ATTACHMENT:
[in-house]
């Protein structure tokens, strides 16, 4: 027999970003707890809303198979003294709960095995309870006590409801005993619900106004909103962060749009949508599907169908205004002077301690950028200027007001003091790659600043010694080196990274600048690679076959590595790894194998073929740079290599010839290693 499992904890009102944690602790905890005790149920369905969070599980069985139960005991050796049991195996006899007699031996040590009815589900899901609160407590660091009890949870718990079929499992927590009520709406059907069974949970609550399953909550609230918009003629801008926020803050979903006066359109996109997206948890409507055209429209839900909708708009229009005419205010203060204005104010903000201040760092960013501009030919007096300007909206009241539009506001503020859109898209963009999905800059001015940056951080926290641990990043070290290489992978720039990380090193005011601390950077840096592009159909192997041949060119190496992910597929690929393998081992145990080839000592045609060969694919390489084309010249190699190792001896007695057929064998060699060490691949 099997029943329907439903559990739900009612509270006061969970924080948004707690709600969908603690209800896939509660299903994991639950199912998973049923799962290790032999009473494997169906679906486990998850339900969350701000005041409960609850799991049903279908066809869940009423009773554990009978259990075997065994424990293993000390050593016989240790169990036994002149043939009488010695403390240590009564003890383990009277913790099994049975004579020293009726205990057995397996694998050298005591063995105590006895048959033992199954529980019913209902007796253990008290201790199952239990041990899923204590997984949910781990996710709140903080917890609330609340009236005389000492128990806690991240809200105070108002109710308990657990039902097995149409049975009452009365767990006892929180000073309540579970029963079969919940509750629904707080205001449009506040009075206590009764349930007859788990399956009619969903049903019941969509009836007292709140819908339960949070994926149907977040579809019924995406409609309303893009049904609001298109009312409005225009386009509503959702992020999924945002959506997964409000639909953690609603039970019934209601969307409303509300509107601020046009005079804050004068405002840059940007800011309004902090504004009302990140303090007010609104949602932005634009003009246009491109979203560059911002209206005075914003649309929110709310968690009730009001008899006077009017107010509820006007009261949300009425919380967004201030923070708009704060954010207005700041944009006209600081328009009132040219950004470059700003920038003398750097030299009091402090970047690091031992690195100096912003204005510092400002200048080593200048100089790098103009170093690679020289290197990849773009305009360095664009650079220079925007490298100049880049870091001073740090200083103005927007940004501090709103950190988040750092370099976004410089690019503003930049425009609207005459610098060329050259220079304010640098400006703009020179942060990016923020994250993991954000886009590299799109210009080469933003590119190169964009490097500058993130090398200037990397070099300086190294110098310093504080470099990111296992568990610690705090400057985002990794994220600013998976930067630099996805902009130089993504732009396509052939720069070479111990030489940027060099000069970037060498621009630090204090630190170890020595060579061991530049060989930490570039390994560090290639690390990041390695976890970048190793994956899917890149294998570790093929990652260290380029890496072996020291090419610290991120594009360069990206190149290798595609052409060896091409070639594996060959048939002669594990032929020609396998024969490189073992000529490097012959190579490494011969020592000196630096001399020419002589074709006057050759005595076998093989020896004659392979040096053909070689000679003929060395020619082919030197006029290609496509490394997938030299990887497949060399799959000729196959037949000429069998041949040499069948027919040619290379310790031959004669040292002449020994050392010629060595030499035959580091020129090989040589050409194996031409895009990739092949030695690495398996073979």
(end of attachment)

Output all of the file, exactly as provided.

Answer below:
[in-house]
């Protein structure tokens, strides 16, 4: 027999970003707890809303198979003294709960095995309870006590409801005993619900106004909103962060749009949508599907169908205004002077301690950028200027007001003091790659600043010694080196990274600048690679076959590595790894194998073929740079290599010839290693 499992904890009102944690602790905890005790149920369905969070599980069985139960005991050796049991195996006899007699031996040590009815589900899901609160407590660091009890949870718990079929499992927590009520709406059907069974949970609550399953909550609230918009003629801008926020803050979903006066359109996109997206948890409507055209429209839900909708708009229009005419205010203060204005104010903000201040760092960013501009030919007096300007909206009241539009506001503020859109898209963009999905800059001015940056951080926290641990990043070290290489992978720039990380090193005011601390950077840096592009159909192997041949060119190496992910597929690929393998081992145990080839000592045609060969694919390489084309010249190699190792001896007695057929064998060699060490691949 099997029943329907439903559990739900009612509270006061969970924080948004707690709600969908603690209800896939509660299903994991639950199912998973049923799962290790032999009473494997169906679906486990998850339900969350701000005041409960609850799991049903279908066809869940009423009773554990009978259990075997065994424990293993000390050593016989240790169990036994002149043939009488010695403390240590009564003890383990009277913790099994049975004579020293009726205990057995397996694998050298005591063995105590006895048959033992199954529980019913209902007796253990008290201790199952239990041990899923204590997984949910781990996710709140903080917890609330609340009236005389000492128990806690991240809200105070108002109710308990657990039902097995149409049975009452009365767990006892929180000073309540579970029963079969919940509750629904707080205001449009506040009075206590009764349930007859788990399956009619969903049903019941969509009836007292709140819908339960949070994926149907977040579809019924995406409609309303893009049904609001298109009312409005225009386009509503959702992020999924945002959506997964409000639909953690609603039970019934209601969307409303509300509107601020046009005079804050004068405002840059940007800011309004902090504004009302990140303090007010609104949602932005634009003009246009491109979203560059911002209206005075914003649309929110709310968690009730009001008899006077009017107010509820006007009261949300009425919380967004201030923070708009704060954010207005700041944009006209600081328009009132040219950004470059700003920038003398750097030299009091402090970047690091031992690195100096912003204005510092400002200048080593200048100089790098103009170093690679020289290197990849773009305009360095664009650079220079925007490298100049880049870091001073740090200083103005927007940004501090709103950190988040750092370099976004410089690019503003930049425009609207005459610098060329050259220079304010640098400006703009020179942060990016923020994250993991954000886009590299799109210009080469933003590119190169964009490097500058993130090398200037990397070099300086190294110098310093504080470099990111296992568990610690705090400057985002990794994220600013998976930067630099996805902009130089993504732009396509052939720069070479111990030489940027060099000069970037060498621009630090204090630190170890020595060579061991530049060989930490570039390994560090290639690390990041390695976890970048190793994956899917890149294998570790093929990652260290380029890496072996020291090419610290991120594009360069990206190149290798595609052409060896091409070639594996060959048939002669594990032929020609396998024969490189073992000529490097012959190579490494011969020592000196630096001399020419002589074709006057050759005595076998093989020896004659392979040096053909070689000679003929060395020619082919030197006029290609496509490394997938030299990887497949060399799959000729196959037949000429069998041949040499069948027919040619290379310790031959004669040292002449020994050392010629060595030499035959580091020129090989040589050409194996031409895009990739092949030695690495398996073979």